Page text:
Monday, December 25, 2006

VaYigash 5631 First Ma'amar

At the end of parshas Mikeitz, Yosef frames his younger brother Binyamin. He decides that as a punishment he will keep Binyamin as a servant and free the rest of his brothers. In the beginning of our parsha, Yehudah tries to convince Yosef to take him instead of Binyamin. To this end he recounts the sequence of events from the brothers’ initial encounter with Yosef to the present.

The question that immediately presents itself is that Yehudah’s argument adds nothing that is not already known. He simply recounts the events leading up to the current situation. What is the point of this?

To answer this question it will help to first understand the fundamental difference between Yosef and Yehudah in their approach to serving God. In the second ma’amar of parshas VaYeishev 5631 the Sfas Emes explains, in the name of his grandfather the Chidushei HaRim that Yosef and Yehudah are archetypes of different kinds of tzadikim. Yosef was completely dedicated to God. In this sense, he was removed from the mundane. Yosef saw the Godliness that gives life to everything physical. In fact, the Sfas Emes tells us that Yosef actually represents this hidden Godliness. The Torah calls him the most consecrated of his brothers (Breishis 49:26). Yehudah, on the other hand, revealed the holiness in the mundane. The Torah tells us, regarding Yehudah, “May God hear Yehudah’s voice and bring him to his people.” (Devarim 33:7) The Chidushei HaRim understands this as an allusion to Yehudah bringing God to His people.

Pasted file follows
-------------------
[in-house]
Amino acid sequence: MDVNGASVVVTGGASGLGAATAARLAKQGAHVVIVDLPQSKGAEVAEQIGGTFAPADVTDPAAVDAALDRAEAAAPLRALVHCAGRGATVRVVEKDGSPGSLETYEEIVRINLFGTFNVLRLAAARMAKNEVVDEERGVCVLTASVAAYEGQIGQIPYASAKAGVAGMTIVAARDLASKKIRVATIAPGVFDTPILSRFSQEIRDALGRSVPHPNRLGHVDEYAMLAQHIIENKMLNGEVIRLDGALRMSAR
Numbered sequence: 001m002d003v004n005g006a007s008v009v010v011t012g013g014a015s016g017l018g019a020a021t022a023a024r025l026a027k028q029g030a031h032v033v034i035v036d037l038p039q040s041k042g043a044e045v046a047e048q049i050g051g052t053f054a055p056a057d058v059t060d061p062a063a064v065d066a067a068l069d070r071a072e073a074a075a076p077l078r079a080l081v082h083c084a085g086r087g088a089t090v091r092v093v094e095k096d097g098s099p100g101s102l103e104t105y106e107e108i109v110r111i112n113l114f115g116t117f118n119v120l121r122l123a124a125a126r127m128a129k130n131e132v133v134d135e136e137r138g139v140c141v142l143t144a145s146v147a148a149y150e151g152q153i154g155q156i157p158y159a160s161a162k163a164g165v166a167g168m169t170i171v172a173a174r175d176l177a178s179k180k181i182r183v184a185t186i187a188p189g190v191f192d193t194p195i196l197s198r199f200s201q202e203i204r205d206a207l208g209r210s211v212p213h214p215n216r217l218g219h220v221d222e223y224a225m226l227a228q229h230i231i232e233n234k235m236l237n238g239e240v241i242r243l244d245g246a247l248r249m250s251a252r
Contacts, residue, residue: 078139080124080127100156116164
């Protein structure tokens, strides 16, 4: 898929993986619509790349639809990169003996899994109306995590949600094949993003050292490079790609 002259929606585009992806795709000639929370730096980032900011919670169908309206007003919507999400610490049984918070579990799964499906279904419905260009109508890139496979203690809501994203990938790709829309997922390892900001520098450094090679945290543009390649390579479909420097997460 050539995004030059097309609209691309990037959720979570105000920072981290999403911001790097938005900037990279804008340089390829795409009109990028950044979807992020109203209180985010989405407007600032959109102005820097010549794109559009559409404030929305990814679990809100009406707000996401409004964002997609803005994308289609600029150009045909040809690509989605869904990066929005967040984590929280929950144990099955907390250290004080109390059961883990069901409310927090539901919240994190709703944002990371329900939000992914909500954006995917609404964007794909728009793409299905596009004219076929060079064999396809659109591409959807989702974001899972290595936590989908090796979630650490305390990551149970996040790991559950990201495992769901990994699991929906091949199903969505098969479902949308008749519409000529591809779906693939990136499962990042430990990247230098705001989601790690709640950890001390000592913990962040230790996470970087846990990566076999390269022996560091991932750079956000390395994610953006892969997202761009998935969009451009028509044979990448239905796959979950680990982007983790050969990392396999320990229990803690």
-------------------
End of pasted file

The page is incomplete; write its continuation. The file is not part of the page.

There are tzadikim who do not have many followers. They are very holy and removed from the world around them. This is Yosef’s approach. On the other hand, there are tzadikim who have many followers. Their work is in influencing as many people as possible. They bring holiness into the mundane. This is Yehudah’s approach.

What did Yehudah gain by simply rehashing the recent events? The Chidushei HaRim explains that Jews are called Yehudim in Hebrew, after Yehudah. The name Yehudah comes from the root word hoda’a which means “thanks” and “admission.” Jews are called Yehudim because we thank God for everything, large and small. We know that everything comes from Him.

Yehudah understood that everything, even the most difficult situation, is from God. Yehudah knew that to be saved he would have to approach the level of Yosef. On this level he was able to approach Yosef, who represented the actual Godliness hidden in this world. The way he raised himself to Yosef’s level was by repeating the sequence of events leading to the present difficult situation, admitting and accepting, at each step, that it was all from God. The hidden Godliness within the events was thus revealed. The greatest good we can aspire to, is coming close to God himself. Therefore, revelation itself is redemption. That is why immediately following Yehudah’s argument, the Torah tells us that Yosef was no longer able to contain himself and he revealed himself to his brothers. Once the Godliness was revealed, the brothers were saved.

The Torah is teaching us an important lesson. Any time we find ourselves in a difficult situation, we have the tools with which to save ourselves. We need to first understand that God is hidden in even the most difficult circumstances. Even if a person thinks that his own mistakes caused his current situation, (the Torah tells us that Yosef’s brothers blamed themselves for their predicament) when he recognizes that God is the life giving force behind his predicament and asks God for help, he will be answered.

No comments: